One of the questions we get asked most frequently by our readers involves how to choose a responsible tour operator, eco-hotel, eco lodge, or eco-resort.
Research shows that global interest in ecotourism (which was defined by The International Ecotourism Society as “responsible travel to natural areas that conserves the environment and improves the welfare of local people”) has grown rapidly in recent years.
According to the Center For Responsible Travel’s Travel Trends & Statistics report, around one in five consumers (21%) say they would be willing to pay more for a trip with a company that has a better environmental and social record.
A report by The Travel Foundation found that 66% of travelers surveyed would like to be able to identify a “greener” holiday more easily. And 84% of those working in travel PR/marketing see “green” credentials becoming increasingly important in the near future.
Unfortunately, these sorts of stats attract a good bit of greenwashing from profit-driven people looking to cash in on the eco-friendly movement. So how do you find a responsibly managed eco resort when you travel? And what’s the difference between an eco resort, eco lodge, and an eco hotel?
Read on for the answers to these questions and many others, as well as our guide to some of the most acclaimed eco hotels, eco lodges, eco resorts around the world…
ECO RESORT, ECO LODGE, OR ECO HOTEL?
The primary difference between an eco resort and an eco lodge is generally the amount of services that are provided on site.
In general, eco resorts tend to be located on larger properties than eco lodges, and may offer more amenities, such as spas, a choice of restaurants, and/or a variety of local tours. However, in our personal experiences, the terms eco lodge and eco resort are used somewhat interchangeably.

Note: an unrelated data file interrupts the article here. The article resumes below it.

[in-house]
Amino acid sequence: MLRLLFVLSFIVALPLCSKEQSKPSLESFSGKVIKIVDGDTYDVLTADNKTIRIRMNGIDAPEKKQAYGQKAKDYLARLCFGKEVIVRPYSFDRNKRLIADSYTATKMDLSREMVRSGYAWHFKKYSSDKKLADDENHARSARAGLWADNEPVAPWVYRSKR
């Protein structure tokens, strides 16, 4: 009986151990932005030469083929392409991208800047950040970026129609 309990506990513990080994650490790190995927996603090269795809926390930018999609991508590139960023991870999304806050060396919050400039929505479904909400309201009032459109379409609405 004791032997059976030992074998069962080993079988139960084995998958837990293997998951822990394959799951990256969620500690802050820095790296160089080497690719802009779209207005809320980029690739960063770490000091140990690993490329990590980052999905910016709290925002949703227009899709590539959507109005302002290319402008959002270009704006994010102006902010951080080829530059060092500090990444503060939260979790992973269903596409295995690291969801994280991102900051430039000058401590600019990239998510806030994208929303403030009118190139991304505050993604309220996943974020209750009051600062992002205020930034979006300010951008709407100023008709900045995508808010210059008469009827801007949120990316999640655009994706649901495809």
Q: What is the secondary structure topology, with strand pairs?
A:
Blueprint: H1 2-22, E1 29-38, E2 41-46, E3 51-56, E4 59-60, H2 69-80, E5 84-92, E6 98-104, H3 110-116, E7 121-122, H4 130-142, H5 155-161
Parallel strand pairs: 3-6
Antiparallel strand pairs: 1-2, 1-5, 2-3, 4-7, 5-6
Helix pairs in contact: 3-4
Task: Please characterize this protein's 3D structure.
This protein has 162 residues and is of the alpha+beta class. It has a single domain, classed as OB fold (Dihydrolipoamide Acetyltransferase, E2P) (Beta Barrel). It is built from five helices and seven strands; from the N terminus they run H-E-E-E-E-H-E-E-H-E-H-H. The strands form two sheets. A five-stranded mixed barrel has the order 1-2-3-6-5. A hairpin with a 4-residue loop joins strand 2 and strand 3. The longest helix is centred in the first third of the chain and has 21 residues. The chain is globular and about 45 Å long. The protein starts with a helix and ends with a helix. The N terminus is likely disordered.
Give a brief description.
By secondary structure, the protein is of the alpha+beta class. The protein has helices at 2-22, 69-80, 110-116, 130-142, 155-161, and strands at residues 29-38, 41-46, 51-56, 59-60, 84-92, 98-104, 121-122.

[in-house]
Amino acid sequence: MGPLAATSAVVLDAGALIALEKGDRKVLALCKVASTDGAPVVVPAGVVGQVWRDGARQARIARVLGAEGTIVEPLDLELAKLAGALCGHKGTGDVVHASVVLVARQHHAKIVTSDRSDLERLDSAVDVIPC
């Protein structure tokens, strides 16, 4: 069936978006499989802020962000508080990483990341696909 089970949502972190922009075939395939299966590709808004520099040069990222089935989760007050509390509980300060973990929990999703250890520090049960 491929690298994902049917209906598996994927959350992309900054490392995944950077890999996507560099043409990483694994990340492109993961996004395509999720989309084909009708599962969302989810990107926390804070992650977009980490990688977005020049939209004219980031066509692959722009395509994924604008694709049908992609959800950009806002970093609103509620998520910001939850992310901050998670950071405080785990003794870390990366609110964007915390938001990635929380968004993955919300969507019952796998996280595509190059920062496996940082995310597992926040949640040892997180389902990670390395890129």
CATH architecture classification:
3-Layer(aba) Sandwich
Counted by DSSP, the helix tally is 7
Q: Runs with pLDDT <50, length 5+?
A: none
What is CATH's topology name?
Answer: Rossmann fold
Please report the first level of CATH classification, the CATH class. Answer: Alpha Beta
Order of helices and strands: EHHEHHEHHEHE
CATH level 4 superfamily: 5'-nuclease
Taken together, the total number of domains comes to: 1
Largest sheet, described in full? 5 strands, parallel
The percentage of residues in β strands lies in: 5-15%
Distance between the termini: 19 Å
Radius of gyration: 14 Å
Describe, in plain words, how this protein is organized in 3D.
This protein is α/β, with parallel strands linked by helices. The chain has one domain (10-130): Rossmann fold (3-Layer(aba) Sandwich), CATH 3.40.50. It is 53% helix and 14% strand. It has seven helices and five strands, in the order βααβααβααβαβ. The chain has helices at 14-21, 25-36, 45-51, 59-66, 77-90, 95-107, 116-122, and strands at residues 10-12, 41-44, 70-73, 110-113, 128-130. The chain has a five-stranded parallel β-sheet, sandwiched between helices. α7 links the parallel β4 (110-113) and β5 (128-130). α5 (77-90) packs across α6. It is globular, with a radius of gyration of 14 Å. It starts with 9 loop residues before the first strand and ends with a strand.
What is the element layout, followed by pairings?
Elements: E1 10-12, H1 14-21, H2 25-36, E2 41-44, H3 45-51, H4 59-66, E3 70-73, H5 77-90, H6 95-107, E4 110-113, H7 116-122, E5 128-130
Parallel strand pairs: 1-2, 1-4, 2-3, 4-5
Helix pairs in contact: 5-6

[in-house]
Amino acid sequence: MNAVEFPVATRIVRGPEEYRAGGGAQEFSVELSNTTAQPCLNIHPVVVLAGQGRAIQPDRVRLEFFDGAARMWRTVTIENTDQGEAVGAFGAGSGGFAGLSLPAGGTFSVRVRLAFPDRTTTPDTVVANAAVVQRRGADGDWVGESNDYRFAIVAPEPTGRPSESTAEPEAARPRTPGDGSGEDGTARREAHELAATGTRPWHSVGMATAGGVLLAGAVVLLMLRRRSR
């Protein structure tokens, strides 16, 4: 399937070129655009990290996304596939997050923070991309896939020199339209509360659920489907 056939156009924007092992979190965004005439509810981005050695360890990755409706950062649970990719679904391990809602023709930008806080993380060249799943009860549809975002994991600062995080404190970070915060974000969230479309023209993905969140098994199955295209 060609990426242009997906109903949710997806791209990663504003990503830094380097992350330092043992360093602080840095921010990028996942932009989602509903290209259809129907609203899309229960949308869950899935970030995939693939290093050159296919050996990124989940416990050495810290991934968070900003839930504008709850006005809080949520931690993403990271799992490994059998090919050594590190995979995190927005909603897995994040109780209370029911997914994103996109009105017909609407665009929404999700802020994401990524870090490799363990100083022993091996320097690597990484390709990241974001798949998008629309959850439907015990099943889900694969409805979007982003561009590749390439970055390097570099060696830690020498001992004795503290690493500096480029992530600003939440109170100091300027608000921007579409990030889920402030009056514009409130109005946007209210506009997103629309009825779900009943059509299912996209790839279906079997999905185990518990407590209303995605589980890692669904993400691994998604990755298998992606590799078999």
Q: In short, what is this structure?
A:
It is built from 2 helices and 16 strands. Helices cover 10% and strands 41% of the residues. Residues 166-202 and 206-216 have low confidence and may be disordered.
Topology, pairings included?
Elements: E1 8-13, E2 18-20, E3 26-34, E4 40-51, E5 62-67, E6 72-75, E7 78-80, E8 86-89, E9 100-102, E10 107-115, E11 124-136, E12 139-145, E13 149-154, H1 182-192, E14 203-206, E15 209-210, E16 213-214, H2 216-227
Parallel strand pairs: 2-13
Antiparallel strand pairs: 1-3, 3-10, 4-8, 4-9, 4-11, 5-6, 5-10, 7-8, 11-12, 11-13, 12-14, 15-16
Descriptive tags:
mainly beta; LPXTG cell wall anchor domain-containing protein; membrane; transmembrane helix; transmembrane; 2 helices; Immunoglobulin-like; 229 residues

The biggest difference between an eco resort or eco lodge and an eco hotel is the setting in which you’ll find them.
Eco resorts and eco lodges tend to be more remote, located in relatively pristine natural environments such as exotic islands, forests, and mountains. Eco hotels, on the other hand, are more often associated with cities and towns.
One thing all three of these “green” accommodation options have in common is that they emphasize elements such as environmental responsibility and minimizing negative impact.
The best ones also offer renewable energy sources, recycling services, eco-friendly toiletries, energy efficient lighting, locally sourced food, organic linens, non-toxic cleaning supplies, non-disposable dishes, water conservation methods, and various other sustainability-focused initiatives.
But most eco resorts tend to be more dependent on the natural environment than eco hotels.
They’re also generally more active in nature and wildlife conservation, more focused on educating visitors about the flora and fauna of local ecosystems, and more deeply connected with the area’s indigenous culture (whose influence is often incorporated into the eco resort’s decor and restaurant menu).